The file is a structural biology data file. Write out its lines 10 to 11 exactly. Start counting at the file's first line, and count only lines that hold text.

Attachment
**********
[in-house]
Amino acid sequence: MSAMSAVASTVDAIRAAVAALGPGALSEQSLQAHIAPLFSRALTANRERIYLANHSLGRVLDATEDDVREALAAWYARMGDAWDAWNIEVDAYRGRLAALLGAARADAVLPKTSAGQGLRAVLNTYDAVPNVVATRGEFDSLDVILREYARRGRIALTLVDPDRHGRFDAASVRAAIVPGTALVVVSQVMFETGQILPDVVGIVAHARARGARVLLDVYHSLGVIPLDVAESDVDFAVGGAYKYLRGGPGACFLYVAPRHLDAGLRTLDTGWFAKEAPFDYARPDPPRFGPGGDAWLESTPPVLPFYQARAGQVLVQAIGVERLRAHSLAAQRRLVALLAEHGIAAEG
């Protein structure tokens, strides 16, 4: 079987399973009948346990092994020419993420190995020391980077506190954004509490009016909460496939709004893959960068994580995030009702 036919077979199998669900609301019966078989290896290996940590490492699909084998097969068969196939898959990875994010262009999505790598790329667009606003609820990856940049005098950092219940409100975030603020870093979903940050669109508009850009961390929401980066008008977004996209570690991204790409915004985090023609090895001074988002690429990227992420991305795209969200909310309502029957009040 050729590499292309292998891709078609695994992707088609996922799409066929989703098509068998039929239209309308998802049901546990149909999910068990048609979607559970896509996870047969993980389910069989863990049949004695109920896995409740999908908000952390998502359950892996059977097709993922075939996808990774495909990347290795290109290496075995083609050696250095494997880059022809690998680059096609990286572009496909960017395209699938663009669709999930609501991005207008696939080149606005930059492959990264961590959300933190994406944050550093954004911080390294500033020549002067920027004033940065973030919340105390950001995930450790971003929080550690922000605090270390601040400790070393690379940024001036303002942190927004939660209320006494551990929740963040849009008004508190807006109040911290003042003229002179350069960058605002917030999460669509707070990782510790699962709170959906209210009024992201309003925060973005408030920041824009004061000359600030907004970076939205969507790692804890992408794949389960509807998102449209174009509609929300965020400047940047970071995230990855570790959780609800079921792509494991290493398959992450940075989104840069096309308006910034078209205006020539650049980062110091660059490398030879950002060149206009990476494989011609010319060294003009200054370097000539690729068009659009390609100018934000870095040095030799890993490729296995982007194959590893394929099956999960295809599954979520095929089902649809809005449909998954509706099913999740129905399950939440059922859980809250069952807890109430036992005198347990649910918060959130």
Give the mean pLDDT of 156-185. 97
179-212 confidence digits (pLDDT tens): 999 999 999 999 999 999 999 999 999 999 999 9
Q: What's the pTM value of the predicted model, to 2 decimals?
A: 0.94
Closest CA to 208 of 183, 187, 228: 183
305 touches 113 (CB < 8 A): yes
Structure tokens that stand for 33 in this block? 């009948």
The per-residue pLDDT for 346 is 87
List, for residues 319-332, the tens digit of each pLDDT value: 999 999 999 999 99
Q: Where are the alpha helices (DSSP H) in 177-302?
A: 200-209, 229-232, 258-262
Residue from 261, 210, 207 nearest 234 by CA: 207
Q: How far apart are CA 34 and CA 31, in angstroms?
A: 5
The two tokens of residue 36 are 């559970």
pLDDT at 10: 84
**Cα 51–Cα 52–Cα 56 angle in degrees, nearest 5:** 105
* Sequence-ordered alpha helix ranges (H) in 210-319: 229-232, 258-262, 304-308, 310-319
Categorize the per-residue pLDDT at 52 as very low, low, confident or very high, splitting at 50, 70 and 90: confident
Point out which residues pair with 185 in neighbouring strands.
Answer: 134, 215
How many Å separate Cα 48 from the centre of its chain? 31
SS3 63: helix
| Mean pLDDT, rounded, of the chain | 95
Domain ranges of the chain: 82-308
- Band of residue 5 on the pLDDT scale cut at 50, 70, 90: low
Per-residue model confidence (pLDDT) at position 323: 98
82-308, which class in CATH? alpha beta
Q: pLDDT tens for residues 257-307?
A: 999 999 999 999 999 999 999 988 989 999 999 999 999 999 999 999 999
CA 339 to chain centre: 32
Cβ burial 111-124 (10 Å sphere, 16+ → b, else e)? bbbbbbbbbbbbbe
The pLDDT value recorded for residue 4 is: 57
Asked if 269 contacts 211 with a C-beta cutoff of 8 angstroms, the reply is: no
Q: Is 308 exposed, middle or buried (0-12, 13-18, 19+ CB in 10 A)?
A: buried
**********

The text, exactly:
Structure tokens that stand for 33 in this block? 């009948």
The per-residue pLDDT for 346 is 87